LH stimulates testosterone synthesis in Leydig cells inducing the expression of cytochrome P450 enzymes, 3β-hydroxysteroid dehydrogenase and LH receptor. Prdm8 is a transcriptional repressor that specifically methylates lysine 9 of histone H3. The overexpression of Prdm8 wild-type protein or its mutant deletion, lacking the PR domain, induced a reduction in the expression levels of the steroidogenic enzyme gene p450c17c coding for a component of cytochrome P450 family, and of Luteinizing Hormone Receptor gene when steroidogenesis was induced in mouse Leydig cells (TM3 cell line) by LH treatment . This evidence suggests that Prdm8 could negatively control steroidogenesis.
2.3. Insulin-Like Growth Factor-1 (IGF-1) Signaling
PRDM2a acts as a repressor of a subgroup of genes involved in IGF-1 signaling. A chromatin immunoprecipitation (ChIP) assay showed that PRDM2a down-regulates IGF-1 expression through a direct binding to its promoter, increasing histone H3K9 methylation. PRDM2a also positively controls insulin-like growth factor-binding protein 2 (IGFBP-2) and SPARC expression . Moreover, PRDM2a is involved in IGF-1R activation and signal transduction. In fact, forced PRDM2a expression in chronic myelogenous leukemia-blast crisis (CML-BC) cell lines decreases activation of IGF-1 receptor and of the downstream signaling components ERK 1/2 and AKT.
2.4. NGF Signaling
Neurotrophins influence a wide number of functions in the nervous system, including neuronal cell survival, cell differentiation and apoptosis, synaptic plasticity, control of axonal guidance and dendrite growth [55,56]. These actions are mediated by neurotrophin binding to two separate receptor classes, the Trk family of tyrosine kinase receptors and the p75 neurotrophin receptor, a member of the tumor necrosis factor receptor superfamily. SC-1 (Schwann Cell factor 1), the Prdm4 gene product binds to the p75 neurotrophin receptor and provides a downstream transducer for the effects of nerve growth factor (NGF) through this receptor. In fact, NGF treatment of the monkey kidney fibroblast-like cell line (COS) induces a translocation of Prdm4/SC-1 from the cytoplasm to the nucleus that is related to a reduction in bromodeoxyuridine (BrdU) incorporation. The translocation of Prdm4/SC-1 to the nucleus was specific for p75, as NGF binding to the TrkA receptor prevented the nuclear localization of Prdm4/SC-1 (Figure 2) . On the contrary, both TrkA and p75NTR are able to enhance the repressive transcriptional activity of Prdm4/SC-1, implying the role of Prdm4/SC1 as a transducer of NGF signaling by these two receptors . Prdm4/SC-1 acts as a transcriptional repressor forming complexes with trichostatin A (TSA)-sensitive histone deacetylases HDAC1, 2 and 3 and negatively controls cell cycle progression down-regulating cyclin E expression, essential for the G1-S phase transition . In mice cortical neural stem cells (NSCs), Prdm4/SC-1 recruit the chromatin modifier Prmt5 via its N-terminus and partly via the PR/SET domain, probably as part of an epigenetic regulatory complex that maintains the “stem-like” cell state of the NSCs by preserving their proliferative capacity and modulating their cell cycle progression .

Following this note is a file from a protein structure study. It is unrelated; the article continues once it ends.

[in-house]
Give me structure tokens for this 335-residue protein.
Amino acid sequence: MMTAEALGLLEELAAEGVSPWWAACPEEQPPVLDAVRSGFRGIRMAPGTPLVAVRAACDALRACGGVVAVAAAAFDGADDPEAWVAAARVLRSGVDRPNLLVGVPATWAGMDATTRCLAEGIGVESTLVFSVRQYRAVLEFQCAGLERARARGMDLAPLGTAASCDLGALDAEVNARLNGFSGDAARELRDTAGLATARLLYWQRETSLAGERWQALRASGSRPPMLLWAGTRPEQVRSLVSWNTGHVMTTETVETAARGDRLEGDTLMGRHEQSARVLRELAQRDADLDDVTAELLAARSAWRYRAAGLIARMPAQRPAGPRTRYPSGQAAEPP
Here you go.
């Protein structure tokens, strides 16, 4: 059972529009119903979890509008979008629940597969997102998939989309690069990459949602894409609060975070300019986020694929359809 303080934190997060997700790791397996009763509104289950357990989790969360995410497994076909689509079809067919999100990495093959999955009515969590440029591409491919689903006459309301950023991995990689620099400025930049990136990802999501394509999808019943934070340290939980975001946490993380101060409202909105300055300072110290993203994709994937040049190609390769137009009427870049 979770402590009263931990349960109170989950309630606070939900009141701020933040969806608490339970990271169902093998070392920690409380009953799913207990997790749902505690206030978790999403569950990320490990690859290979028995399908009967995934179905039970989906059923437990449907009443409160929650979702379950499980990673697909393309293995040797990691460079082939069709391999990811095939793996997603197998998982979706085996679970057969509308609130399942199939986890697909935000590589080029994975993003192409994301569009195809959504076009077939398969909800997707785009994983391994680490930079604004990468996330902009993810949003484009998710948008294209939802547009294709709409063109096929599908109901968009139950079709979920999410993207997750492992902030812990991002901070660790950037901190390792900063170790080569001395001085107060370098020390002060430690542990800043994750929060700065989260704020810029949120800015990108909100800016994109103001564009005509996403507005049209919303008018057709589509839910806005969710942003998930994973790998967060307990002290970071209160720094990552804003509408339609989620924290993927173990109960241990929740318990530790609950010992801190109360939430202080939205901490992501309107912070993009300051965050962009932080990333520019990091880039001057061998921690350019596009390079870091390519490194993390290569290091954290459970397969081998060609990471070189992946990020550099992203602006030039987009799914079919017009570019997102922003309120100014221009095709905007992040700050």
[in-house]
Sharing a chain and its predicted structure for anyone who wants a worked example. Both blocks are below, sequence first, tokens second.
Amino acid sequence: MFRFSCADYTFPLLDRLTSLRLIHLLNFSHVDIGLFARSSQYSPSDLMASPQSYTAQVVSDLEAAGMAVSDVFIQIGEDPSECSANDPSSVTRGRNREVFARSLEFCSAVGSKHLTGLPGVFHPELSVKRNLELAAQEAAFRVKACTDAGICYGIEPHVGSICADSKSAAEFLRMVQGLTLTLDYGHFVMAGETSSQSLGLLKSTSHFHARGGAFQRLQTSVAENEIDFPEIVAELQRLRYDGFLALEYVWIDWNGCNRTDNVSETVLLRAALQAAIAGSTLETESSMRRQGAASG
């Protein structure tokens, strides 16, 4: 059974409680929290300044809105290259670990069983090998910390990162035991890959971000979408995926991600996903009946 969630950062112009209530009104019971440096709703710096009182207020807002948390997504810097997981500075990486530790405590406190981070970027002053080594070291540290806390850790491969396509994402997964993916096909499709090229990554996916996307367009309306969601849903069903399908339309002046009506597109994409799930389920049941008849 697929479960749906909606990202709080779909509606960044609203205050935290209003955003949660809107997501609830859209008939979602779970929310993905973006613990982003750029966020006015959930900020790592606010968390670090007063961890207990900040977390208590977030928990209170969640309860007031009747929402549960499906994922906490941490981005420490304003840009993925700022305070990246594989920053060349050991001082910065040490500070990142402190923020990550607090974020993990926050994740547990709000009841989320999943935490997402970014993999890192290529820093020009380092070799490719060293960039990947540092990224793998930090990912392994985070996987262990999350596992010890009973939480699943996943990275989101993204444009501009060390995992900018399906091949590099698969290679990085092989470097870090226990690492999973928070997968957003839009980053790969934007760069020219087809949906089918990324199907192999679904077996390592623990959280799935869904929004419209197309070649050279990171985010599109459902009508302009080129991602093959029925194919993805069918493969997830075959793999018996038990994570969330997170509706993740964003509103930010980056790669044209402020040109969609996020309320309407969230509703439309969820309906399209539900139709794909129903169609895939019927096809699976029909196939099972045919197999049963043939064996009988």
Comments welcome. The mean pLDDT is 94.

2.5. Wnt/β-Catenin and BMP/SMAD Signaling
Wnt signaling is involved in many aspects of embryonic development, such as morphogenetic movements, cell type specification, and patterning. In addition, Wnt/β-catenin regulates pluripotency and differentiation in various stem cell systems, including Embryonic Stem (ES) cells . In murine ES cells, derived from inner cell mass of blastocyst prior the formation of epiblast, the activation of Wnt/β-catenin signaling, through the inhibition of glycogen synthase kinase-3β (GSK3β), leads to the maintaining of pluripotency, induced by bone morphogenetic protein (BMP) or fibroblast growth factor (FGF) via PI3K⁄AKT activation [61,62,63].
PRDM14 is essential for the maintenance of the pluripotent state of human and, potentially, murine ESC, but not for the murine epiSCs (derived from post-implantation epiblast cells), and enhances epigenetic reprogramming of human and murine somatic cells to induced pluripotent stem cells (iPSC) .